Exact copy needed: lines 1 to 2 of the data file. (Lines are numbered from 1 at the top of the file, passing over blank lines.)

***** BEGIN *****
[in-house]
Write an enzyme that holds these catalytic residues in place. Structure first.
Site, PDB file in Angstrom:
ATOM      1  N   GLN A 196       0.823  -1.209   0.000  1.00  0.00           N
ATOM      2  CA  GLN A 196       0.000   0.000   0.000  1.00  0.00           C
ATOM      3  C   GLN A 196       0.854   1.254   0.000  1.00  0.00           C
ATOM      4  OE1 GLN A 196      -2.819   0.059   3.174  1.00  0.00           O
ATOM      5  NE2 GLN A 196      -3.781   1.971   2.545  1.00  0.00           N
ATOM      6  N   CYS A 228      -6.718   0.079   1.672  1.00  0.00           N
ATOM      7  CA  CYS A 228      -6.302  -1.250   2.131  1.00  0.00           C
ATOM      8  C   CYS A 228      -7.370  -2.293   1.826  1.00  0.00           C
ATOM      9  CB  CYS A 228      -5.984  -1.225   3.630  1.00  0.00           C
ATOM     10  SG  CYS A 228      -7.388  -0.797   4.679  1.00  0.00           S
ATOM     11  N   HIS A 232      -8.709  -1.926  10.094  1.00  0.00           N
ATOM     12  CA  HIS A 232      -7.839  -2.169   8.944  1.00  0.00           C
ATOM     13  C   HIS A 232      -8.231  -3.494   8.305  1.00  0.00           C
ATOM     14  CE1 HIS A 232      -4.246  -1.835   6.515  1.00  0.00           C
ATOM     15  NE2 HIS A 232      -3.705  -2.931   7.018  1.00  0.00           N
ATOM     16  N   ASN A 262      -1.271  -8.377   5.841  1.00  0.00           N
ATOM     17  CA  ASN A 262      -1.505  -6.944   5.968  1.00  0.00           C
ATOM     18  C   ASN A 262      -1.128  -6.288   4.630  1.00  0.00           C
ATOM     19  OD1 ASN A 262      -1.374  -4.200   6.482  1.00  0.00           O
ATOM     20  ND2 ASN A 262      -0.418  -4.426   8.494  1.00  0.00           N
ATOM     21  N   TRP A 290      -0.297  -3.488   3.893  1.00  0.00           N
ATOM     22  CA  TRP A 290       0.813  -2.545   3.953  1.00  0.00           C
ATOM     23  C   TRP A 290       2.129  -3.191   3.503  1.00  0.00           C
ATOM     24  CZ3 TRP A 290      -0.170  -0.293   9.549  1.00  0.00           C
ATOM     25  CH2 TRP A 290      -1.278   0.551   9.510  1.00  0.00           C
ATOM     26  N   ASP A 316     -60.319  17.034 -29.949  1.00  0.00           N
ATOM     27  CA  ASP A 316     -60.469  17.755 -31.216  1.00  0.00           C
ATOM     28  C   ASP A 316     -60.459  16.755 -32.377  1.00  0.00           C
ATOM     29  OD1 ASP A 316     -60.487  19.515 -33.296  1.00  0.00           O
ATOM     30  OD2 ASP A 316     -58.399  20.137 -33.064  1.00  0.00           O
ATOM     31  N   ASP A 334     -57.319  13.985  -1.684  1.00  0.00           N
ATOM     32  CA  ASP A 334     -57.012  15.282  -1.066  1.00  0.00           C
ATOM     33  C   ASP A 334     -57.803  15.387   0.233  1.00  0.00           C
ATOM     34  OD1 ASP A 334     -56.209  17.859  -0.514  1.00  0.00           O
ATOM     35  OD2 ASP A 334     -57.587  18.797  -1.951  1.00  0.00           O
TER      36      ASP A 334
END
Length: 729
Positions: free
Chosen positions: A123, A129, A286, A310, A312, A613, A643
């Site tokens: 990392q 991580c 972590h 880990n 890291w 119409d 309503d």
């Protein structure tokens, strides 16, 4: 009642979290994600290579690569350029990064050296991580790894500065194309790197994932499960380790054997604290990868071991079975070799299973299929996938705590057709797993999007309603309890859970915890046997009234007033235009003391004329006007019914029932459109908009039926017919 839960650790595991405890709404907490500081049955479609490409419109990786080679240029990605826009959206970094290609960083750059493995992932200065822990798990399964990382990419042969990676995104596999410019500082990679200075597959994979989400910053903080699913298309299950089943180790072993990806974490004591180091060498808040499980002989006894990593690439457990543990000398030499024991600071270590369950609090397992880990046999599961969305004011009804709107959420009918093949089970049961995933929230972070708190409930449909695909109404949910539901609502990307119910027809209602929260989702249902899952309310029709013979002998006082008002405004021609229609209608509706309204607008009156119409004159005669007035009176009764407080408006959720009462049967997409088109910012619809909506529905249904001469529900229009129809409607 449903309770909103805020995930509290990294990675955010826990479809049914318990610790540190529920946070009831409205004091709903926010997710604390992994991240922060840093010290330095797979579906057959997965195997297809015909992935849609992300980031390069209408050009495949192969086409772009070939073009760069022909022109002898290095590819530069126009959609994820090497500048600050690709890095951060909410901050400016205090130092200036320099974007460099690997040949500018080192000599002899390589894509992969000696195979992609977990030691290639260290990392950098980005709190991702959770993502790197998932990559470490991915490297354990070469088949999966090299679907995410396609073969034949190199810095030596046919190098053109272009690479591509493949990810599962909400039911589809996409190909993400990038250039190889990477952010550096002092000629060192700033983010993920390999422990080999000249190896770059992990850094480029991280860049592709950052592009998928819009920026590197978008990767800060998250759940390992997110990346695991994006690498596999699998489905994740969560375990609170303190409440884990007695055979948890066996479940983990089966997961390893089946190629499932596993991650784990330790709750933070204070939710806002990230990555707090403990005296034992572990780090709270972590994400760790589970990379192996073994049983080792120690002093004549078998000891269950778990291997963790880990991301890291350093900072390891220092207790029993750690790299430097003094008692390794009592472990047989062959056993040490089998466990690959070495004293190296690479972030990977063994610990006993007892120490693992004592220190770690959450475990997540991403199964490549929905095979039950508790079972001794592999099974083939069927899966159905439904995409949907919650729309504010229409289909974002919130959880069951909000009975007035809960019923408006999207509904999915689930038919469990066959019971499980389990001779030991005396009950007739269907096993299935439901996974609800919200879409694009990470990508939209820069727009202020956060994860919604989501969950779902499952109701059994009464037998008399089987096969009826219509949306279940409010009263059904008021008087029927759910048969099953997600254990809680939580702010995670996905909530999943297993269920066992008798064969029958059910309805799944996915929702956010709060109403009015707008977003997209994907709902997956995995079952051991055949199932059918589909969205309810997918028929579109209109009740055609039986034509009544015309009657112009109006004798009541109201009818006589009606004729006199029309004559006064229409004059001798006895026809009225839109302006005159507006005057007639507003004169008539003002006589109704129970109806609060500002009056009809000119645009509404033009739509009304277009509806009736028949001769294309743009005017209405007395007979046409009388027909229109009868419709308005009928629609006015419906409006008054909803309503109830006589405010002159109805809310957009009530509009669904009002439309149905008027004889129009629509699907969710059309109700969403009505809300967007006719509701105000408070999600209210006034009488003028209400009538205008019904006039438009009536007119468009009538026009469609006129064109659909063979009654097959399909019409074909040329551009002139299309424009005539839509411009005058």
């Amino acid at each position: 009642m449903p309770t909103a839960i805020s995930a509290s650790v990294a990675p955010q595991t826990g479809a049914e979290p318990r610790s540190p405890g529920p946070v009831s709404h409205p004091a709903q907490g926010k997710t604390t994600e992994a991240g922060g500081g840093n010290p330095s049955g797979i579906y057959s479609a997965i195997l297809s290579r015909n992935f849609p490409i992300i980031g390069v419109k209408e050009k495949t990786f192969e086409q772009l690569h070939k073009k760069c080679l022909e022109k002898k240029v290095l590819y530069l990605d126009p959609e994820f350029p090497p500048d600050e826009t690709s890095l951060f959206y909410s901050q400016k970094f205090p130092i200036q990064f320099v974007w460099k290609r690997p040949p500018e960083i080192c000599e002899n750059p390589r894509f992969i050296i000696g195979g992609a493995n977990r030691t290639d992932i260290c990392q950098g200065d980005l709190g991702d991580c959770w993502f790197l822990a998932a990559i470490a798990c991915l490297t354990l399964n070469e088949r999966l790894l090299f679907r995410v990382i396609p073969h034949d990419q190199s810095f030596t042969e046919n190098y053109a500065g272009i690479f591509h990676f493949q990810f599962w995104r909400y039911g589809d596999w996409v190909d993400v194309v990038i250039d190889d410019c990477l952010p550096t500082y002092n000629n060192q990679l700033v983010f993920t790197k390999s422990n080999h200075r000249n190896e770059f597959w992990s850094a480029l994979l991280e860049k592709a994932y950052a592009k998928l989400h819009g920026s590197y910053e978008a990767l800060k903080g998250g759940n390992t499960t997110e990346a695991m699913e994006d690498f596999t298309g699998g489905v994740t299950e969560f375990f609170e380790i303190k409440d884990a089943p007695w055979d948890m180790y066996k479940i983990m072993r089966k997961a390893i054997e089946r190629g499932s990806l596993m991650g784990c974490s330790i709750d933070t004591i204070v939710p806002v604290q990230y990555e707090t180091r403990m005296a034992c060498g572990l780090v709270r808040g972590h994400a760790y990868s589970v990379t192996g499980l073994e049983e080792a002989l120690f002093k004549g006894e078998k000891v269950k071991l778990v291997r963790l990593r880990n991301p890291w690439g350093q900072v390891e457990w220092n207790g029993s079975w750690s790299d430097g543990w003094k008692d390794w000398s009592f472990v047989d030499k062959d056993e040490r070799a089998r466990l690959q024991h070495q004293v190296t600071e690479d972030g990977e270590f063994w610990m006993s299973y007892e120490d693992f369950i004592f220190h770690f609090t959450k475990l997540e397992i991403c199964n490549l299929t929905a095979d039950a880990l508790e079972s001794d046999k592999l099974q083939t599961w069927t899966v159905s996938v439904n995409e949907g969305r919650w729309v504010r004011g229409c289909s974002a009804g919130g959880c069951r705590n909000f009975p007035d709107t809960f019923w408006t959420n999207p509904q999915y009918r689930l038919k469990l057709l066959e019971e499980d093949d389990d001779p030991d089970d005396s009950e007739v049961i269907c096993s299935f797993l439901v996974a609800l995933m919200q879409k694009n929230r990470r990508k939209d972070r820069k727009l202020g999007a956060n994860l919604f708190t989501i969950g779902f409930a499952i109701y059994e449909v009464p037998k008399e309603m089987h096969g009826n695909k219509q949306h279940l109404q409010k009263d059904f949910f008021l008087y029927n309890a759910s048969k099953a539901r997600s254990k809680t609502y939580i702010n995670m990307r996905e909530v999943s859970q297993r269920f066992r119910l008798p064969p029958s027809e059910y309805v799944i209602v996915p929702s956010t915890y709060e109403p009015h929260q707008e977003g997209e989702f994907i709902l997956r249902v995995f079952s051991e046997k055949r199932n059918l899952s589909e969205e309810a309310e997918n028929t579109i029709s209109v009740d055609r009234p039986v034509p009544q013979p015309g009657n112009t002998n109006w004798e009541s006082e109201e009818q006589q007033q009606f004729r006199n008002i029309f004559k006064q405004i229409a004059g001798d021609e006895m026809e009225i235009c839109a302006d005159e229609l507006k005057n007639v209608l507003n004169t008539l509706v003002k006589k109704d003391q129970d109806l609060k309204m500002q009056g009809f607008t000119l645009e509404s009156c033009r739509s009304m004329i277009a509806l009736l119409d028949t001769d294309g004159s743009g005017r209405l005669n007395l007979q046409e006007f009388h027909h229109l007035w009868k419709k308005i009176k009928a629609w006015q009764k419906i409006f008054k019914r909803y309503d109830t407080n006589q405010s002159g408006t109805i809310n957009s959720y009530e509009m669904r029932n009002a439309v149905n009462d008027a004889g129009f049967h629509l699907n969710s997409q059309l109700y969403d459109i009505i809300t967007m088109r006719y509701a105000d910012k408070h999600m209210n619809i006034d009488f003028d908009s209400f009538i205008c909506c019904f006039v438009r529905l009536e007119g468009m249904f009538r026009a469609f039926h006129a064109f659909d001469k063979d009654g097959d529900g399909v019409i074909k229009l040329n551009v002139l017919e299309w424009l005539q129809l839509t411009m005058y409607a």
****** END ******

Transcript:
[in-house]
Write an enzyme that holds these catalytic residues in place. Structure first.